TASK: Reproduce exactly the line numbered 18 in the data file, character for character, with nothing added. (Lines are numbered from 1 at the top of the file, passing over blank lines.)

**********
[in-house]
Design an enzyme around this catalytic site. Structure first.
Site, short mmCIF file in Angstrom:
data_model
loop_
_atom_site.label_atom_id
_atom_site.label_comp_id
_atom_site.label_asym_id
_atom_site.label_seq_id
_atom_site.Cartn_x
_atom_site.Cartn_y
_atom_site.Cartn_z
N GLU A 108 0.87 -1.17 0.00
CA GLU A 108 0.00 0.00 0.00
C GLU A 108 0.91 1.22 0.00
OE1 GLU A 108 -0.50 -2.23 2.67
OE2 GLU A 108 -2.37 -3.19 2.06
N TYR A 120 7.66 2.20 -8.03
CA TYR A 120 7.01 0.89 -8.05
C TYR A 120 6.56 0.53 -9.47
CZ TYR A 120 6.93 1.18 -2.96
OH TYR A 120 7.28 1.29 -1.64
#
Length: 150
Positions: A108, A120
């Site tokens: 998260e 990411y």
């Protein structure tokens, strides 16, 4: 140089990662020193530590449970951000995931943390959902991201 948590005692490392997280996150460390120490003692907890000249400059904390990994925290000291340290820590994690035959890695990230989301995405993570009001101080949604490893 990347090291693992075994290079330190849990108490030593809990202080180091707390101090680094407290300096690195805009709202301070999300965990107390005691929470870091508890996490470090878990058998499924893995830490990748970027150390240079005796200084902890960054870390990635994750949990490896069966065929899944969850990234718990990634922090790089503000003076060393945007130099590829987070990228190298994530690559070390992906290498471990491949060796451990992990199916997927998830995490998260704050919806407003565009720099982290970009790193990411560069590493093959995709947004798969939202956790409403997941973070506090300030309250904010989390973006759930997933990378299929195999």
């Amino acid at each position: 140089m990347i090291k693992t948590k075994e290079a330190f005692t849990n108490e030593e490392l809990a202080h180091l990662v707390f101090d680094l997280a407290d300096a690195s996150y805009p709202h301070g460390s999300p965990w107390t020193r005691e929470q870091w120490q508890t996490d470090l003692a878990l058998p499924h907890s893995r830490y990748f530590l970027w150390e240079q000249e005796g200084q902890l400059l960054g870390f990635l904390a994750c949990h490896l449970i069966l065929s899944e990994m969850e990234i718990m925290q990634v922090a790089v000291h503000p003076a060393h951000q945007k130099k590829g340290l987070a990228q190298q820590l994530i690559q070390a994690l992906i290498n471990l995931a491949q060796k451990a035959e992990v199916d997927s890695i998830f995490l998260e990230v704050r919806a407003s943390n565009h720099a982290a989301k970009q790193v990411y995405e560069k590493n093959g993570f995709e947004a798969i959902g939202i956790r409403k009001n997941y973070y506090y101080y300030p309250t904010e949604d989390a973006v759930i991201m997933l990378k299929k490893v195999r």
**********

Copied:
N TYR A 120 7.66 2.20 -8.03